Bob Donaldson spent the first part of his career in the RAF, before becoming a financial adviser. He is now retired, having sold his business five years ago.
He says: “Retirement is great and, as I always said to my clients, you need two essentials in retirement: health and wealth. Without both it can be quite miserable, and I count myself lucky to have both.”
Donaldson spent more than 30 years advising others on the best ways to save for the future, so it is perhaps not surprising he has built a comfortable investment portfolio for himself and his wife.
He says: “We each have a Sipp, Isa portfolio and dealing accounts with AJ Bell, via their You Invest Direct platform. I initially started investing when Peps were around, but migrated to Isas when these products replaced them in 1999.”
Donaldson says that throughout his career he made sure to make the most of these tax-efficient savings plans. “I also ensured that adequate pension planning was done, so that any monies that came from the sale of the business were simply the icing on the cake," he adds. "This sale though enabled me to retire two years earlier than planned.”
However, his advice to other small business owners and entrepreneurs is not to rely solely on the sale of thir company to fund their retirement. This can be a significant gamble, he says, however good you think the business is.
Funds, Shares and Structured Products
When it comes to his investments, Donaldson says he holds a mix of pooled funds, direct shareholdings and some structured products.
One of his favoured sectors to invest in has been smaller company investment trusts. He says: “While these can be volatile in the short-term, over the longer-term smaller companies provide excellent returns - but they are not for the faint-hearted.”
This BlackRock trust has a five-star rating from Morningstar, reflecting its strong performance in recent years. It is managed by Mike Prentis and Roland Arnold, and is primarily invested in UK smaller companies. As the star rating suggests, it has delivered decent returns for shareholders over both the short- and long-term.
According to Morningstar data, the trust has delivered total annualised returns of 20.29% in the past three years; and a total annualised return of 22.69% over a 10-year time frame.
The Montanaro European Smaller Companies trust also has a five-star rating. The trust, managed by George Cooke, has delivered total annualised returns to shareholders of 20.72% over the past three years (and double-digit annualised returns over five and 10 years). Despite this, the trust is trading on a 12% discount.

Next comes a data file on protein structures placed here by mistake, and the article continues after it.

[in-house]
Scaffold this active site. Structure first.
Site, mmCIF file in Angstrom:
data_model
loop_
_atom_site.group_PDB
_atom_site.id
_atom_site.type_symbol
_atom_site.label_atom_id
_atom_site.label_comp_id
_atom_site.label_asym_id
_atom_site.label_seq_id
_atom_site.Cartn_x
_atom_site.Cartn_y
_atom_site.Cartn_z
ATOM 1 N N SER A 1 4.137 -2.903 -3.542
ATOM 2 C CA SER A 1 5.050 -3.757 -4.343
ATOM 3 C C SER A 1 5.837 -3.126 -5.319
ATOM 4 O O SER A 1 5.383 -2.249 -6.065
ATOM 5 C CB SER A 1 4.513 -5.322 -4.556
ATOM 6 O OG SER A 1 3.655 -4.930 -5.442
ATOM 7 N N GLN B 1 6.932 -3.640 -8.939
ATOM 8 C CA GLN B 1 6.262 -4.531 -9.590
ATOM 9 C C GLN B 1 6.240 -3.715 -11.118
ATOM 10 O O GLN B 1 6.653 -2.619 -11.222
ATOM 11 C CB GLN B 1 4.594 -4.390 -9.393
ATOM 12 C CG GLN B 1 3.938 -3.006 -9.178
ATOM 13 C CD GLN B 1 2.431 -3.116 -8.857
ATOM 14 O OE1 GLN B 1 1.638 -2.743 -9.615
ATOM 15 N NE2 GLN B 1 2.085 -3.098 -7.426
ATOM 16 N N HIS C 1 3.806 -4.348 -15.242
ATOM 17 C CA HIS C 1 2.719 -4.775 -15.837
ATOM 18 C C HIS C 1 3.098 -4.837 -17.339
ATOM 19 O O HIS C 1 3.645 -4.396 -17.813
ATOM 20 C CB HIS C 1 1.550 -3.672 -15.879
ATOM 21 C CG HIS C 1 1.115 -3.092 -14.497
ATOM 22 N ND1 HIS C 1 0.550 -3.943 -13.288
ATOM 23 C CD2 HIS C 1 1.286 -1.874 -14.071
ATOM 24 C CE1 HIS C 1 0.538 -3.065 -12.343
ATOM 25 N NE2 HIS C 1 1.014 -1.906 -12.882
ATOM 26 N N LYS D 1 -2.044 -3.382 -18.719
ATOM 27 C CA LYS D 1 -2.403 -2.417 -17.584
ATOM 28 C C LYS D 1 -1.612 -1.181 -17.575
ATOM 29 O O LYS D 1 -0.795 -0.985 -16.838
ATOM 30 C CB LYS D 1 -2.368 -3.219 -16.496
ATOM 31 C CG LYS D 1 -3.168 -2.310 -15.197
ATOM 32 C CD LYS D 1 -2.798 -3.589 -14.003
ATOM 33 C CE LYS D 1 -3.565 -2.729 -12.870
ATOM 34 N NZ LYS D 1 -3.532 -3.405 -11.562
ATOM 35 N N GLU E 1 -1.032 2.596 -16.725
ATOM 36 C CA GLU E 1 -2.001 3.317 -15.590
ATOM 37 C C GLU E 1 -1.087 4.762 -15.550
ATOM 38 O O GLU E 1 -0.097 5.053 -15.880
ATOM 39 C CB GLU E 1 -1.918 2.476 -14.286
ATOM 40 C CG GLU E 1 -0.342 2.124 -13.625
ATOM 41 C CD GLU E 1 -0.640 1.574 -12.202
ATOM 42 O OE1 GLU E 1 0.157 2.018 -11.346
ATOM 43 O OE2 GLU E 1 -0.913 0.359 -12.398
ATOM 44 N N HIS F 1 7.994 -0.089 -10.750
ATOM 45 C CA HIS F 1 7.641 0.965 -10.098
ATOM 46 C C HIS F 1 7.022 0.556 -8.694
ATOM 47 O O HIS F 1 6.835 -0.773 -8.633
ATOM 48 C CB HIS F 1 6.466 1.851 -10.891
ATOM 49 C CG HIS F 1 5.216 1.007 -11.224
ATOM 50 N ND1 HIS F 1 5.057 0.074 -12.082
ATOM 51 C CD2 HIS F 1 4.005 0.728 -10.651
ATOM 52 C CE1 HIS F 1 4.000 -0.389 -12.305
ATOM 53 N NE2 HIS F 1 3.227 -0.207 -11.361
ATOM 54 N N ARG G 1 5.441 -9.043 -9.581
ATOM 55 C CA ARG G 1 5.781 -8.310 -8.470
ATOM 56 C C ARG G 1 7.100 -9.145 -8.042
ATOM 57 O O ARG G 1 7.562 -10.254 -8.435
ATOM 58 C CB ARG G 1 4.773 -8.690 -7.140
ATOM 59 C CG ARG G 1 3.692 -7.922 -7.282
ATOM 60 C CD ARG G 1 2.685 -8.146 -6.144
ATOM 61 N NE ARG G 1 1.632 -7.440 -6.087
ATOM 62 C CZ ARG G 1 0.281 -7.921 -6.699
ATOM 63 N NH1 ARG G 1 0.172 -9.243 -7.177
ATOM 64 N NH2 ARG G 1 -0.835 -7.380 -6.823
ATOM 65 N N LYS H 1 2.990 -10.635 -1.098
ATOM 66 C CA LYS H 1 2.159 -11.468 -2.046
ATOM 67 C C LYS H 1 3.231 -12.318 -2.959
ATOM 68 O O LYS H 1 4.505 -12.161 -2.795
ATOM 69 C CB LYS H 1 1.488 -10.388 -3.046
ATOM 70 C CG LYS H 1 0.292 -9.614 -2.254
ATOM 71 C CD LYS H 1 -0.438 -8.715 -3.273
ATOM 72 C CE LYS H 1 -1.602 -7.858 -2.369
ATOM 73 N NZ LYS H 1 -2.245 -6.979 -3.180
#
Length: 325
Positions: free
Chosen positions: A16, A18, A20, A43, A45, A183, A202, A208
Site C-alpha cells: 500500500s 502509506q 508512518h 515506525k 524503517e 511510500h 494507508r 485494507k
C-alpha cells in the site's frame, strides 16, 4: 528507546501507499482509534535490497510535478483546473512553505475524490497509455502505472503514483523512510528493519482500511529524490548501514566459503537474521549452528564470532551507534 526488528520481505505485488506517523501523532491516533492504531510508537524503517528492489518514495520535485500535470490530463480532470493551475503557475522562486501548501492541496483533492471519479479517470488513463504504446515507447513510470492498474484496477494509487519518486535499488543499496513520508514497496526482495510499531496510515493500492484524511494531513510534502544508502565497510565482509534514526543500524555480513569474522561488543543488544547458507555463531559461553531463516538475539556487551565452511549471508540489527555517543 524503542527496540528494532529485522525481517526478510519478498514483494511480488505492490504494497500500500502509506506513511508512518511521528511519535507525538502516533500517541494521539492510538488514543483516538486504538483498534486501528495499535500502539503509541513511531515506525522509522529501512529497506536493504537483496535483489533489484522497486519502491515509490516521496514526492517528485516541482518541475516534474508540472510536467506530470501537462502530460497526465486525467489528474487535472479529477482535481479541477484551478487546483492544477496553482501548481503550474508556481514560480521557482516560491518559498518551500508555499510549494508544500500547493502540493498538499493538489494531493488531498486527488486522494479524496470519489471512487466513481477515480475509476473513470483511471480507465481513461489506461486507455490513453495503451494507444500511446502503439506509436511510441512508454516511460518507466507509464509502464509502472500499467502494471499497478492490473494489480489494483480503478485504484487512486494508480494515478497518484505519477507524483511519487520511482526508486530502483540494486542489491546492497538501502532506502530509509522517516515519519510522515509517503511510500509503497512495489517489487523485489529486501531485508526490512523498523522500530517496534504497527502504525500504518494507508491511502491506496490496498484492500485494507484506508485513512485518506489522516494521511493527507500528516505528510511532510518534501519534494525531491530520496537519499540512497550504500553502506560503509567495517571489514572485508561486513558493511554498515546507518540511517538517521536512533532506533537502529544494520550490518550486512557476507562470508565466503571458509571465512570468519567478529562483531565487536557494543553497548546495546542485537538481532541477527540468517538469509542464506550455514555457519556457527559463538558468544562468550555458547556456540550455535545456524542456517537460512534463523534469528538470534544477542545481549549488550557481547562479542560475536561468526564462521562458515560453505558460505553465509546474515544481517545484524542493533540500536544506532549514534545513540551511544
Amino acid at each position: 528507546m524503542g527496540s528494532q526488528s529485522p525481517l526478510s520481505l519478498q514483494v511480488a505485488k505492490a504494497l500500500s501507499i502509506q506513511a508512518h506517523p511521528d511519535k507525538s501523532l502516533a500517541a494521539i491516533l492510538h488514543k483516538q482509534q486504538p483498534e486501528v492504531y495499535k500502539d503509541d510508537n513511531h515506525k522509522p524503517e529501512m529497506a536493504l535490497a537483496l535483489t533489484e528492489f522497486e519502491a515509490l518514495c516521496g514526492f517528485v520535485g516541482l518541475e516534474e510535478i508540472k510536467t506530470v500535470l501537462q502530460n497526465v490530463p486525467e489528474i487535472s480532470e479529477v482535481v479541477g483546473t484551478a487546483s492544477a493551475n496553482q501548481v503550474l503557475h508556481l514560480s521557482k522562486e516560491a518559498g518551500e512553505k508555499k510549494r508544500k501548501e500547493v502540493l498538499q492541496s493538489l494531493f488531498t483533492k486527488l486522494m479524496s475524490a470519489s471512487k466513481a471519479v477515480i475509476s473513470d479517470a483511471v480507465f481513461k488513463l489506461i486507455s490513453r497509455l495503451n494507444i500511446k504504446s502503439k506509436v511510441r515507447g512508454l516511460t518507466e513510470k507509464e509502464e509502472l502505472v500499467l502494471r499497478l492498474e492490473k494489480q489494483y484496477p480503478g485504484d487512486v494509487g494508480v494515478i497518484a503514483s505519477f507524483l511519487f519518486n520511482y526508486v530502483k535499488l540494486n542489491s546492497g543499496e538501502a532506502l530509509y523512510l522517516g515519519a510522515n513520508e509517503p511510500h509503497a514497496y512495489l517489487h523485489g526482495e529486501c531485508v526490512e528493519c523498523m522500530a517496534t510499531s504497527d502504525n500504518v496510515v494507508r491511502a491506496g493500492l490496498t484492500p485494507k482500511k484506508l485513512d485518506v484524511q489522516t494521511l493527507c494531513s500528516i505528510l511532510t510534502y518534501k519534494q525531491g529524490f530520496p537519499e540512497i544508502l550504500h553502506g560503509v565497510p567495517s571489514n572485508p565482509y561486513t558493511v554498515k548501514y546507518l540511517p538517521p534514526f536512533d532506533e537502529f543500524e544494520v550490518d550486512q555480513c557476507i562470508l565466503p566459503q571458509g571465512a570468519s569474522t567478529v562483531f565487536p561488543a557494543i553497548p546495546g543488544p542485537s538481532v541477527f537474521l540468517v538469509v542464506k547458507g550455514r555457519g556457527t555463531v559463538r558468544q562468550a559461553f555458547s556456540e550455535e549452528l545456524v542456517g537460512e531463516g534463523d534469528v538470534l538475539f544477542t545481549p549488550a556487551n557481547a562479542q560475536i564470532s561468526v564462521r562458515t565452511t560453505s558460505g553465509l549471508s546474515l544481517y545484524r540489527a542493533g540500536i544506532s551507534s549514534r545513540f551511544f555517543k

RBS has had a troubled history, having received a massive taxpayer bail-out in the aftermath of the global financial crash. Although share prices have recovered slightly they remain significantly below the levels seen prior to the crash - and are still below levels recorded in 2010.
However Morningstar analysts give the stock a three-star rating. Morningstar equity analyst Derya Guzel says: “While there are signs of green shoots in Royal Bank of Scotland's revenue generation, challenges regarding litigation and restructuring costs, as well as revenue generation, remain to be dealt with in the short term.
“Although it is rather slower than peers, it seems RBS' management has found a good path to resolve outstanding issues and to operationally catch up with other banks on digitalisation. Restructuring is not completed just yet, however.”
Is Tesco Recovery in Place?
Meanwhile, Tesco has had its own troubles in recent years, with sales under pressure from the growth of discount supermarkets, such as Lidl and Aldi. It was also hit by an accountancy scandal back in 2014.
Despite this, Morningstar notes that the supermarket's fortunes seems to be on the up again. It says: “Tesco is the UK’s largest grocer in terms of sales and store network. We find find Tesco’s turnaround strategy appropriate and feasible, given its leading position in the industry.”
The turnaround plan is focused on the firm’s traditional strengths: scale in food and well-documented buying power. Early signs are encouraging that this is working, Morningstar adds.
Donaldson says that while he has made a “small profit” on these recovery shares he has made mistakes along the way. He explains: “Individuals will always tell you about the successful investment, but you learn from mistakes too.
“I bought into RBS, Lloyds (LLOY) and Tesco too early, hoping for some recovery. Market timing in the current climate is the hardest thing to call, so I have made multiple purchases in some cases to mitigate buying on a a high or low.”
When it comes to selecting investments, Donaldson uses a variety of online tools, such as those available on morningstar.co.uk and the website of trade body the Association of Investment Companies (AIC).
He says: “I prefer to invest with fund managers that don’t chop and change companies every five minutes, those that have conviction in the stocks they buy and their methodology, however I don’t like dogma.”
He adds: “Costs are important but not the driving force behind any investments. I will therefore hold some ETFs, but based on their ease of use rather than cost. Dividends are also important. If you can get a good 3% dividend it is a good start on any investment.”
He adds: “With my Forces pension, annuity and state pension, the assets we hold now only need to provide a 2 to 3% return for a comfortable living.”